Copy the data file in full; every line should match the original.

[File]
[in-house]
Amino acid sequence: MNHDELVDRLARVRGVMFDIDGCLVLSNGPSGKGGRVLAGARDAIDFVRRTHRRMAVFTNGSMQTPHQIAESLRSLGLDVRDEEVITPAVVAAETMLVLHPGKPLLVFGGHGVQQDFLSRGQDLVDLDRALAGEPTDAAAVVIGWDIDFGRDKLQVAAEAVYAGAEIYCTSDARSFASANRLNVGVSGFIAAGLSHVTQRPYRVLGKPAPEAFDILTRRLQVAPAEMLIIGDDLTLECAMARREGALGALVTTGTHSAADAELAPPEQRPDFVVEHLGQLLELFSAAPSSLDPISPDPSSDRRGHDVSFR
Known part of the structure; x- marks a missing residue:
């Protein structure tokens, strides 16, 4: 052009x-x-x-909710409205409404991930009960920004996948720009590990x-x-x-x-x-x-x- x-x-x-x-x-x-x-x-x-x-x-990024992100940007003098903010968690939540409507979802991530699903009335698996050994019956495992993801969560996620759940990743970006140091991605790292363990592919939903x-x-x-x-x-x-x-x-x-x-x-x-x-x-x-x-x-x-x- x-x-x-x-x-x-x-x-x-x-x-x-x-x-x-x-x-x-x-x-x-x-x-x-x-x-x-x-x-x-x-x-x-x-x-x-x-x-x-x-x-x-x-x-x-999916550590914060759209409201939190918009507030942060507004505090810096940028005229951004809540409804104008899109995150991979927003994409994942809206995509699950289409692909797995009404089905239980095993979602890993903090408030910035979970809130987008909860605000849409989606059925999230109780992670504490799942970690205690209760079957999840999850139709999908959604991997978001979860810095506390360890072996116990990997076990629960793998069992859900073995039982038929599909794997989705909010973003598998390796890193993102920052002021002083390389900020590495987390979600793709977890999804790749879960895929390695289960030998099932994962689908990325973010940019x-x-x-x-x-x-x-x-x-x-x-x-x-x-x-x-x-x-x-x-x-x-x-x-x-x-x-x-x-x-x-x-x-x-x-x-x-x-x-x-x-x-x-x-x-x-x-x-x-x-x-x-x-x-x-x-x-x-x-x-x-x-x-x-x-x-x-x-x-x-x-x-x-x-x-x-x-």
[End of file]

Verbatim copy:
[in-house]
Amino acid sequence: MNHDELVDRLARVRGVMFDIDGCLVLSNGPSGKGGRVLAGARDAIDFVRRTHRRMAVFTNGSMQTPHQIAESLRSLGLDVRDEEVITPAVVAAETMLVLHPGKPLLVFGGHGVQQDFLSRGQDLVDLDRALAGEPTDAAAVVIGWDIDFGRDKLQVAAEAVYAGAEIYCTSDARSFASANRLNVGVSGFIAAGLSHVTQRPYRVLGKPAPEAFDILTRRLQVAPAEMLIIGDDLTLECAMARREGALGALVTTGTHSAADAELAPPEQRPDFVVEHLGQLLELFSAAPSSLDPISPDPSSDRRGHDVSFR
Known part of the structure; x- marks a missing residue:
């Protein structure tokens, strides 16, 4: 052009x-x-x-909710409205409404991930009960920004996948720009590990x-x-x-x-x-x-x- x-x-x-x-x-x-x-x-x-x-x-990024992100940007003098903010968690939540409507979802991530699903009335698996050994019956495992993801969560996620759940990743970006140091991605790292363990592919939903x-x-x-x-x-x-x-x-x-x-x-x-x-x-x-x-x-x-x- x-x-x-x-x-x-x-x-x-x-x-x-x-x-x-x-x-x-x-x-x-x-x-x-x-x-x-x-x-x-x-x-x-x-x-x-x-x-x-x-x-x-x-x-x-999916550590914060759209409201939190918009507030942060507004505090810096940028005229951004809540409804104008899109995150991979927003994409994942809206995509699950289409692909797995009404089905239980095993979602890993903090408030910035979970809130987008909860605000849409989606059925999230109780992670504490799942970690205690209760079957999840999850139709999908959604991997978001979860810095506390360890072996116990990997076990629960793998069992859900073995039982038929599909794997989705909010973003598998390796890193993102920052002021002083390389900020590495987390979600793709977890999804790749879960895929390695289960030998099932994962689908990325973010940019x-x-x-x-x-x-x-x-x-x-x-x-x-x-x-x-x-x-x-x-x-x-x-x-x-x-x-x-x-x-x-x-x-x-x-x-x-x-x-x-x-x-x-x-x-x-x-x-x-x-x-x-x-x-x-x-x-x-x-x-x-x-x-x-x-x-x-x-x-x-x-x-x-x-x-x-x-």